June 2013

Not your average brother-sister love scene - and one that isn't in the novel at all.

Not your average brother-sister love scene – and one that isn’t in the novel at all.

My Top 9:

  1. Scarface
  2. Frankenstein
  3. Dr. Jekyll and Mr. Hyde
  4. Five Star Final
  5. Grand Hotel
  6. The Old Dark House
  7. A Bill of Divorcement
  8. Arrowsmith
  9. Bad Girl (more…)

don__t_panic_and_carry_a_towel_by_ashique47-d3fu8qdThe Increasingly Inaccurately Named Hitchhiker’s Trilogy:

  1. The Hitchhiker’s Guide to the Galaxy
  2. The Restaurant at the End of the Universe
  3. Life, the Universe and Everything
  4. So Long, and Thanks for All the Fish
  5. Mostly Harmless

collected as: The Ultimate Hitchhiker’s Guide

which began with: The Original Hitchhiker Radio Scripts

  • Author:  Douglas Adams
  • Published:  1979, 1980, 1982, 1984, 1992, 1986/1996, 1985
  • Publisher:  Pan Books
  • Pages:  215, 250, 227, 204, 218, 815, 248
  • First Line:  “Far out in the uncharted backwaters of the unfashionable end of the Western Spiral arm of the Galaxy lies a small unregarded yellow sun.”
  • Last Lines:  “In spite of having taken what he regarded as an extremely positive piece of action, the Grebulon leader ended up having a very bad month after all.  It was pretty much the same as all the previous months except that there was now nothing on the television anymore.  He put on a little light music instead.”
  • Film Version:  1982  (*** – tv); 2005  (***  –  dir. Garth Jennings)
  • First Read:  1987?  1988?  Somewhere back then.



That wonderful final shot.

You can read more about this year in film here.  The Best Picture race is discussed here, with reviews of all the nominees.  First there are the categories, followed by all the films with their nominations, then the Globes, where I split the major awards by Drama and Comedy, followed by a few lists at the very end.  If there’s a film you expected to see and didn’t, check the very bottom – it might be eligible in a different year.  Films in red won the Oscar in that category.  Films in blue were nominated.  But remember, there’s still only eight categories at this point.

Nighthawk Awards:

  • Best Picture
  1. City Lights
  2. Dracula
  3. The Public Enemy
  4. Le Million
  5. Earth


Bela Lugosi with the lovely, but tragic Helen Chandler in Dracula (1931).

Bela Lugosi with the lovely, but tragic Helen Chandler in Dracula (1931).

My Top 6:

  1. Dracula
  2. Le Million
  3. The Front Page
  4. Animal Crackers
  5. Little Caesar
  6. The Criminal Code

Note:  So, this time I managed to get to six.  There is a long list of notable adaptations at the bottom, none of which managed to place high enough in my esteem to actually break into my contenders.  As it is, there is a significant difference between the top two (which are almost a tie) and all the rest of the scripts on the list. (more…)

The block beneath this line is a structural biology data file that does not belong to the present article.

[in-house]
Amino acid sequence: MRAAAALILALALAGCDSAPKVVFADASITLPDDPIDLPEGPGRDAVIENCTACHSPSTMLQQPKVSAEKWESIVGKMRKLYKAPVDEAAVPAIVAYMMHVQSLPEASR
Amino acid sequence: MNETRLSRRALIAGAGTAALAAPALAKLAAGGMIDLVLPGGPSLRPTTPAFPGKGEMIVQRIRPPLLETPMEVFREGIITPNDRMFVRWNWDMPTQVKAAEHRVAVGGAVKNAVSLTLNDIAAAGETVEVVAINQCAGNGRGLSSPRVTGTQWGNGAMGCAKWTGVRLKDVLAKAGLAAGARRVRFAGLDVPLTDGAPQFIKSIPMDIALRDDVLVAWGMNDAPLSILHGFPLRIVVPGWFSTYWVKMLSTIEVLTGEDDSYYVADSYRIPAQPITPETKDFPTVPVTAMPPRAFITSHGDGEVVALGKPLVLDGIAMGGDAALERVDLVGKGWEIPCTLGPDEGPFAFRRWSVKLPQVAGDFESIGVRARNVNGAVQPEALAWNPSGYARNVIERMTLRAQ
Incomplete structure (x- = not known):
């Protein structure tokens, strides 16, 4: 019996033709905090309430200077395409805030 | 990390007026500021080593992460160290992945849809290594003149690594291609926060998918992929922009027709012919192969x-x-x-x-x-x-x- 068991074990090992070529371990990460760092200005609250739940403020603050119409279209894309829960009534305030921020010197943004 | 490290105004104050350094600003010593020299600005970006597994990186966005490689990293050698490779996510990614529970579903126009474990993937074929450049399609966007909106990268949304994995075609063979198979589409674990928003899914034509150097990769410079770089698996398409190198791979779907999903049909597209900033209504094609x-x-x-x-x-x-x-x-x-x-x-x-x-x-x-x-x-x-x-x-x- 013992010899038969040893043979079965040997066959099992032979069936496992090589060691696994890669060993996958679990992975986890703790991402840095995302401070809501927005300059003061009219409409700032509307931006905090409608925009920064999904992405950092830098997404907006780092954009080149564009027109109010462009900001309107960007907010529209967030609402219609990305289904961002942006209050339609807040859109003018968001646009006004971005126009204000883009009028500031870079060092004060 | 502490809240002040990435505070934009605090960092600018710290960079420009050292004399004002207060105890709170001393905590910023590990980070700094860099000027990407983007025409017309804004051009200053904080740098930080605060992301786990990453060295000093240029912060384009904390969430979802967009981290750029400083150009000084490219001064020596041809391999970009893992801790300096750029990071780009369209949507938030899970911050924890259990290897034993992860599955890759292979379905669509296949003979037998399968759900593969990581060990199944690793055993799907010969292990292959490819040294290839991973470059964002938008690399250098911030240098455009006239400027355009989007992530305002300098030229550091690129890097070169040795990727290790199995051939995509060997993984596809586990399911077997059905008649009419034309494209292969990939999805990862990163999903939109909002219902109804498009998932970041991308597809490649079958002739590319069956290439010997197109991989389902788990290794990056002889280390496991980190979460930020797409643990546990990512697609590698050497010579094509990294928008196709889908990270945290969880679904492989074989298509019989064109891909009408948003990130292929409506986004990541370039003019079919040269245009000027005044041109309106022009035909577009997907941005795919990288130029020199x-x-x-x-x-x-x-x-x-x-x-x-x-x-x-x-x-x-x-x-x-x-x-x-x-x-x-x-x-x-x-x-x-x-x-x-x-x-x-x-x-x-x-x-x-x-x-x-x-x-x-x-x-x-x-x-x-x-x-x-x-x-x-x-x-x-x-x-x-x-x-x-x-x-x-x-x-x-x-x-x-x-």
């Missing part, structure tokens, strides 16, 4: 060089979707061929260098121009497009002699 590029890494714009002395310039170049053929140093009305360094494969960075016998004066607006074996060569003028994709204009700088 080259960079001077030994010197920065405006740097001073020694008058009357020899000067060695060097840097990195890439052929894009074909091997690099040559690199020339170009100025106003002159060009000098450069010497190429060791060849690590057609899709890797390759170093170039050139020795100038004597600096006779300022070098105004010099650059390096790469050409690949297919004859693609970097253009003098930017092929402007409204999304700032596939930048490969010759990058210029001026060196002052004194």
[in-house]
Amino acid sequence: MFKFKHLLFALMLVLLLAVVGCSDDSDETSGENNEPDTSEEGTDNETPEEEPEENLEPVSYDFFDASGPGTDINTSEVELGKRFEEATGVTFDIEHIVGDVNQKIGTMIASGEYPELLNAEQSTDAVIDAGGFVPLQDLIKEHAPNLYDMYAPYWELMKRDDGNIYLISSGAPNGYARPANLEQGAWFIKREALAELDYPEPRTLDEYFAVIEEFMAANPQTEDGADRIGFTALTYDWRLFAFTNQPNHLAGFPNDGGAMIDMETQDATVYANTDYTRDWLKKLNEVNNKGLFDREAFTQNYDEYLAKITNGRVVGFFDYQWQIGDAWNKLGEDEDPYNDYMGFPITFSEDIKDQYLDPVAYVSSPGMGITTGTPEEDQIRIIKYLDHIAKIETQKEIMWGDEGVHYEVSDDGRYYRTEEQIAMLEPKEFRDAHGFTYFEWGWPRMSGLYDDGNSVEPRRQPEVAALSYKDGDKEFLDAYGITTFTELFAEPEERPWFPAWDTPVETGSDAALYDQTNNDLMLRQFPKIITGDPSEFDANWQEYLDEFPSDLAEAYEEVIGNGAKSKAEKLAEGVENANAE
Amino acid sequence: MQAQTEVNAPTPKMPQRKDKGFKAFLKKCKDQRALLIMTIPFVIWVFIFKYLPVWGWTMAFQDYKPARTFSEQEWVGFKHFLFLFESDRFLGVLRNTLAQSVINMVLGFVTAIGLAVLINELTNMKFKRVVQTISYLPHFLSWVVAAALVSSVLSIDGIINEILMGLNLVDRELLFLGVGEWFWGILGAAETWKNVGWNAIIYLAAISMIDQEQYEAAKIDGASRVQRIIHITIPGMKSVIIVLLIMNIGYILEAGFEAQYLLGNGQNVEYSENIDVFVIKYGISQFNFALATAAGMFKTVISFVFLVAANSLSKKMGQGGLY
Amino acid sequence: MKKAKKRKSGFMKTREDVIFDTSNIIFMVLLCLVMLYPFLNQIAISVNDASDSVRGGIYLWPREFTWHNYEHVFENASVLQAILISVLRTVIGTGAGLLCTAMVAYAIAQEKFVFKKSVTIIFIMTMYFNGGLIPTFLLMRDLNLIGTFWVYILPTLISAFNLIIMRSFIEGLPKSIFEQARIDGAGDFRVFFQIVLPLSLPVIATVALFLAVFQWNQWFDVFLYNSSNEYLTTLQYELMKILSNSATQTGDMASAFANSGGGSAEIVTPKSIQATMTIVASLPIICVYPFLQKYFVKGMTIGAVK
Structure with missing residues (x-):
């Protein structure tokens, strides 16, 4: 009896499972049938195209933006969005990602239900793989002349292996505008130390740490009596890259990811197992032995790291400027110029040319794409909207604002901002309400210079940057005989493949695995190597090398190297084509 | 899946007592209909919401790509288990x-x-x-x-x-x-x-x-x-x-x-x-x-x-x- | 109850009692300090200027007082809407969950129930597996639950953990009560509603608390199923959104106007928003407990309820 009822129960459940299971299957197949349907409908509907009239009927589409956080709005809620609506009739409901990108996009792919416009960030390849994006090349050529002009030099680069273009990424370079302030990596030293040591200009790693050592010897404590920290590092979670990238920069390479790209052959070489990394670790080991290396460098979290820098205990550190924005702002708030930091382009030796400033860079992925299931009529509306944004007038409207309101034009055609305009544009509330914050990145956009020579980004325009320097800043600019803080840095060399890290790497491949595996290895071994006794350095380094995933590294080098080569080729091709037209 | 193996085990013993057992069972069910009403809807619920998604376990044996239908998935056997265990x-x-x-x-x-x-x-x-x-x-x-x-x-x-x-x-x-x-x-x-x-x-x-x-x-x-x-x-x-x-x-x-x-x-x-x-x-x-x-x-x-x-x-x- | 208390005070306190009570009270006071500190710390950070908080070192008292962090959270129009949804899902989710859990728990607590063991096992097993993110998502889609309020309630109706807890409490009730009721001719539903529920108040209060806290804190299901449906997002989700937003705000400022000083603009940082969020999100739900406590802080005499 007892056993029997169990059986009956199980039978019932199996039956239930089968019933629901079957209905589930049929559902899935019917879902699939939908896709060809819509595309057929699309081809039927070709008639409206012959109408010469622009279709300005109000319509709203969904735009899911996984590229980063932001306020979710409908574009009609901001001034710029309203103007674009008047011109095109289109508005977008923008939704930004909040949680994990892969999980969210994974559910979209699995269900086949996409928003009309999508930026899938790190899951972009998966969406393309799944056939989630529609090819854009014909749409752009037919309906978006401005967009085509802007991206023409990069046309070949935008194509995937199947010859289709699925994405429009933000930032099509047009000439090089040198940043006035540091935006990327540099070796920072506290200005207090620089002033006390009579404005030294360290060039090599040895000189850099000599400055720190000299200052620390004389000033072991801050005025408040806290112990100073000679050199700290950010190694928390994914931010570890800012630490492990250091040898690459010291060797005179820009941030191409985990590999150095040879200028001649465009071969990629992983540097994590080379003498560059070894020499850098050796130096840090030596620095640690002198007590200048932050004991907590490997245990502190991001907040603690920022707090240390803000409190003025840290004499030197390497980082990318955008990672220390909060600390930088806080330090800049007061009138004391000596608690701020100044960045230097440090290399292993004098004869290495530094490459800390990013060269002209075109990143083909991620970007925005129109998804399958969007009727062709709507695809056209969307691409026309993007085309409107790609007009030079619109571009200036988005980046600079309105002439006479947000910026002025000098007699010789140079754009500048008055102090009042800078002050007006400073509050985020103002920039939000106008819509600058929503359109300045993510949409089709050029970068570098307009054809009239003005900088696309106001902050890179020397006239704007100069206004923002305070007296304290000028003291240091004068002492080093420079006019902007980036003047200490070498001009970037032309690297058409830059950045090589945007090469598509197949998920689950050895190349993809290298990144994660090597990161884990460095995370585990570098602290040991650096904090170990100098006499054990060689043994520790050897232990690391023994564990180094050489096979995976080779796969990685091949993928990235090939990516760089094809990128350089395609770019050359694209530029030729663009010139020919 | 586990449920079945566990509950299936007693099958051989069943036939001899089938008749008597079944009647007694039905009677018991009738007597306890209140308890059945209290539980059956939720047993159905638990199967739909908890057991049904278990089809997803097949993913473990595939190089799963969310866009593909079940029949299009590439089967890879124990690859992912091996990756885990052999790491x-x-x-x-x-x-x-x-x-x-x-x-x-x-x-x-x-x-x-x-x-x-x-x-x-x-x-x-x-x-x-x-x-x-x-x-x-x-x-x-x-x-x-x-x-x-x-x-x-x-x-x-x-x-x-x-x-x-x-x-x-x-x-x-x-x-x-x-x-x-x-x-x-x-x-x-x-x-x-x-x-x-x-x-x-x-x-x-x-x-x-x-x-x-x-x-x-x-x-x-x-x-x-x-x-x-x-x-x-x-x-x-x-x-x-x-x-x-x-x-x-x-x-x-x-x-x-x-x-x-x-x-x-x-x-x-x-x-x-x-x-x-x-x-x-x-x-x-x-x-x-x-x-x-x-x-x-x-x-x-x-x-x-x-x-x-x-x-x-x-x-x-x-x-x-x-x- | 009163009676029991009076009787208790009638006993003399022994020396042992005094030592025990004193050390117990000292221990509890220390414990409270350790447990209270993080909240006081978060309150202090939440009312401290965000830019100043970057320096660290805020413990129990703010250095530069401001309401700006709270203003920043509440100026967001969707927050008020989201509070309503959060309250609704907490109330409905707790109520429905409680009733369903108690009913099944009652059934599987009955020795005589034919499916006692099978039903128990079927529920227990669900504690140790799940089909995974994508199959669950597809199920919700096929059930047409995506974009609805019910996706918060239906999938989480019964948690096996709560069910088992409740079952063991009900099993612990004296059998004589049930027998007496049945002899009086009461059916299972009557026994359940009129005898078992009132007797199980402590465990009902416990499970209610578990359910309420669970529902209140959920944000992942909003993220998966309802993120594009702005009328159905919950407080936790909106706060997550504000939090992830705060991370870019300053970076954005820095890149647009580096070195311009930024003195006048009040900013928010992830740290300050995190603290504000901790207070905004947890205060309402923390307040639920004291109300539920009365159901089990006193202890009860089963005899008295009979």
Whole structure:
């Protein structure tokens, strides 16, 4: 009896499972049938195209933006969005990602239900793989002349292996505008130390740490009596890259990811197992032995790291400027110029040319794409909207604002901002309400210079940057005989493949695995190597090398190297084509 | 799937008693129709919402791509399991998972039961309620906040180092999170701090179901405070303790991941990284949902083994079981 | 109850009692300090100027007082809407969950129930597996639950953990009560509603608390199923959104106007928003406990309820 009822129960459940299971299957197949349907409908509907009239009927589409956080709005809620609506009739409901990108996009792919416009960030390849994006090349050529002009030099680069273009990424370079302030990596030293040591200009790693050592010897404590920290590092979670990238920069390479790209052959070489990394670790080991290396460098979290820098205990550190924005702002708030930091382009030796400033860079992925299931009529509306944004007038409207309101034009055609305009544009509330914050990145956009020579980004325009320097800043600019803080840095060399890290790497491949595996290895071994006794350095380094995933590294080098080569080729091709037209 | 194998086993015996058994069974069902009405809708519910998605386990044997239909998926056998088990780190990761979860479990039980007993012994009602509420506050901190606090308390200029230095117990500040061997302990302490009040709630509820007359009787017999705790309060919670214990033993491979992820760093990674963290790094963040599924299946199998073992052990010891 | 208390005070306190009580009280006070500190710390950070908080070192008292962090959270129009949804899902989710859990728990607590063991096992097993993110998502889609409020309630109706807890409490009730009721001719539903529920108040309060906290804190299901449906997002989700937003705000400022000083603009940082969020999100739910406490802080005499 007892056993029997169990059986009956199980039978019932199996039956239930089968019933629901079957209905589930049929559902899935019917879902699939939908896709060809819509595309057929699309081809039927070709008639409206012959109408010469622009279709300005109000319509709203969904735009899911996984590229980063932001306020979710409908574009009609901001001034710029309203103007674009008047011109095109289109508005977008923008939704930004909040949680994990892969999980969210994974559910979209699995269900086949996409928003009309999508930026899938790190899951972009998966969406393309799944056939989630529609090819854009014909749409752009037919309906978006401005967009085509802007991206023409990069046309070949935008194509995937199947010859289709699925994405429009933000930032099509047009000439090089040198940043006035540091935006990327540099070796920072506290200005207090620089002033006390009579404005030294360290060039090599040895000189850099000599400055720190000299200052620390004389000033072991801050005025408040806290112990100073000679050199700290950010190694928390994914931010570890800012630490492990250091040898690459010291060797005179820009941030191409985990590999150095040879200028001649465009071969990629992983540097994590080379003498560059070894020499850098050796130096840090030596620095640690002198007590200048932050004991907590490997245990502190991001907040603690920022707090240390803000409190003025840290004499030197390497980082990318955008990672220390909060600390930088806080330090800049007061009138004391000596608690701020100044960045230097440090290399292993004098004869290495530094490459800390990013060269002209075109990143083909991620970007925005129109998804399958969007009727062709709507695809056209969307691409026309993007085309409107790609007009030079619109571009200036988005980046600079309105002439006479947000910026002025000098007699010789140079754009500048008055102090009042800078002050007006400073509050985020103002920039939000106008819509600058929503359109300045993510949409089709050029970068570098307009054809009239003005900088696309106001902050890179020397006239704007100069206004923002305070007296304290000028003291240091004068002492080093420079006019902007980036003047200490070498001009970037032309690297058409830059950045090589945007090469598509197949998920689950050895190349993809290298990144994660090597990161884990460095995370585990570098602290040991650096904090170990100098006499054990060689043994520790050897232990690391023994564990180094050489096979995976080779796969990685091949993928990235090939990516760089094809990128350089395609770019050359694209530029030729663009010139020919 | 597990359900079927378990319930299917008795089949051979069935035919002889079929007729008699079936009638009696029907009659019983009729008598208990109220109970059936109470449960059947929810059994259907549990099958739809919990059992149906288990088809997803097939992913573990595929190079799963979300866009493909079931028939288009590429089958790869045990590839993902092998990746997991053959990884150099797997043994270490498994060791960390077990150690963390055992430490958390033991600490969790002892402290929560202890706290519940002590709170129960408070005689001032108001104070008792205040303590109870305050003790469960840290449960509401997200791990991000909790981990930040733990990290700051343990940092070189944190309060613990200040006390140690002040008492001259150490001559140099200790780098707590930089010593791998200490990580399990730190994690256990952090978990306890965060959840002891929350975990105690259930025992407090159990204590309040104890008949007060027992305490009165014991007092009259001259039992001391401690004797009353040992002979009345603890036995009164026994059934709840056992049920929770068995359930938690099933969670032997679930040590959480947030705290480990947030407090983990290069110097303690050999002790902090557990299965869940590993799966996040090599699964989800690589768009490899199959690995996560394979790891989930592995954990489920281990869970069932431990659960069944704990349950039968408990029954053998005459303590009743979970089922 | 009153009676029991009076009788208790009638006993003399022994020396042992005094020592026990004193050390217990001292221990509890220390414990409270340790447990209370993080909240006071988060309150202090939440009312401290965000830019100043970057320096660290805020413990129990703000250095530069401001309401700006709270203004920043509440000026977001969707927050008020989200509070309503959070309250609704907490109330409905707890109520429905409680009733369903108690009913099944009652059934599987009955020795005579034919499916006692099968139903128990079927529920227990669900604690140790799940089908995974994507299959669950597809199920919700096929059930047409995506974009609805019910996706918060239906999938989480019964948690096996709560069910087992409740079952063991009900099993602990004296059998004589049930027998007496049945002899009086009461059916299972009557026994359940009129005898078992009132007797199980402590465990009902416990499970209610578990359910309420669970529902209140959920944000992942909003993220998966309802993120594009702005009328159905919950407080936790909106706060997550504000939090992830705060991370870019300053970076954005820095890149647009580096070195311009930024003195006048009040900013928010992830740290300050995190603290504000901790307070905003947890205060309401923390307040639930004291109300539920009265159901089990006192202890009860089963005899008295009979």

Robert Altman on the set of Prairie Home Companion with his "standby director", Paul Thomas Anderson, who agreed to that role for insurance reasons.  In between is some actress.

Robert Altman (#33) on the set of Prairie Home Companion with his “standby director”, Paul Thomas Anderson (#28), who agreed to that role for insurance reasons. In between is some actress.

This is the penultimate ranked list of those directors who have been nominated for Best Director by the Academy of Motion Pictures Arts and Sciences.  This is part 8 of the series, with one part still left to go.  As always, you can find the previous seven posts in this series by going here.  There is also an introduction here, which explains the scope of the project as well as my scoring system.  I have been focusing on finishing this series this year, both so that I go do the bi-annual update of the Top 100 Directors of All-Time and because I want to do it before another Oscar season and some more directors potentially end up needing to be ranked.

In a reversal of the last group, these are the more experienced directors.  With the exception of four Studio Era workhorses, the 25 directors in the last post had only averaged 7.76 films.  This time, we have seven directors (Lucas, Olivier, Coppola, Fosse, Malick, Mendes, Anderson) who have only directed a combined 39 films – an average of 5.57 (I’ve seen all but two of those – the two now out or about to be in theaters).  The other 18 directors have averaged 19.83 films – or if you cut out Lynch, Branagh and Leigh, you have 15 directors who have made 325 films (21.67 each), of which I have seen 308.  I have also seen 95.2% of these films – only missing more than one film by Renoir (4) and Capra (9).  And the only film I’m missing from both Truffaut and Malle are on TCM in the next month.  And this just about caps it for the less experienced directors.  The only director in the last post with fewer than 10 films to his credit is Tarantino.

The other demarcation point between this group and the final group is the number of great (****) films they have directed.  Of the final 25, only one has directed fewer than 5 great films – Francis Ford Coppola, at #25, and he’s got four.  Only four others have directed just five – Charlie Chaplin, Orson Welles (both of whom have smaller amounts of total films), Clint Eastwood and Elia Kazan.  But how many directors have directed more than five great films and aren’t in the top 25?  Just five – all of whom are here: Stephen Frears (which is how he ranks this high), Steven Soderbergh, Pedro Almodóvar, Frank Capra and Francois Truffaut.  They all have six great films.  All sixteen directors who directed more than six great films are in the final group. (more…)